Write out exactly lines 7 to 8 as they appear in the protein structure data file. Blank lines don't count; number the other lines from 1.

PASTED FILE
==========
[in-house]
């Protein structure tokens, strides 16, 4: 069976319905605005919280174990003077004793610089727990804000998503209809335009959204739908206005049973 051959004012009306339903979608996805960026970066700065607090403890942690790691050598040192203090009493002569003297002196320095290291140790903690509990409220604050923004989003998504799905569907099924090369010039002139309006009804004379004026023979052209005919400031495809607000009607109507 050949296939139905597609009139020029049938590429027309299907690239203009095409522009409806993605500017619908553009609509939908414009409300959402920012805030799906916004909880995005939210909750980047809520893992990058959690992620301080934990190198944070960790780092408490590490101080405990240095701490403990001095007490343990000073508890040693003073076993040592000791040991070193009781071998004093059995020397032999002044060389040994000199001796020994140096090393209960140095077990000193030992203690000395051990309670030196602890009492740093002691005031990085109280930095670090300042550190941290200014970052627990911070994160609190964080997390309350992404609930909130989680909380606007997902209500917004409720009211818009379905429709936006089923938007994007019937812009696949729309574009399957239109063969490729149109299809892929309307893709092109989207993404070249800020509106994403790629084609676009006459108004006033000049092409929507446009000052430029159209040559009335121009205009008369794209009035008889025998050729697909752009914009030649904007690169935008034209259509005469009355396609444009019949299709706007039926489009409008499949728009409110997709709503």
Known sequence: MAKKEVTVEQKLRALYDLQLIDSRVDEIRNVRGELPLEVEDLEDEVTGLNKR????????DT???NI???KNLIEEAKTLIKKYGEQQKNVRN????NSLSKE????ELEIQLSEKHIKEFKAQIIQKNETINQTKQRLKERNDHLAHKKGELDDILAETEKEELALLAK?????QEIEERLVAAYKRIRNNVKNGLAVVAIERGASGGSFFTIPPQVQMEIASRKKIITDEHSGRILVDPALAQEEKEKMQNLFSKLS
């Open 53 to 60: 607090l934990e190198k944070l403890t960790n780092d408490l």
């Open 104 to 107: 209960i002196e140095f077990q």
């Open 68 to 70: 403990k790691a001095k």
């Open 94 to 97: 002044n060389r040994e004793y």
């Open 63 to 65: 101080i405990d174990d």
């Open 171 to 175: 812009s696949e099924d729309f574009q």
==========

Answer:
């Open 94 to 97: 002044n060389r040994e004793y």
């Open 63 to 65: 101080i405990d174990d």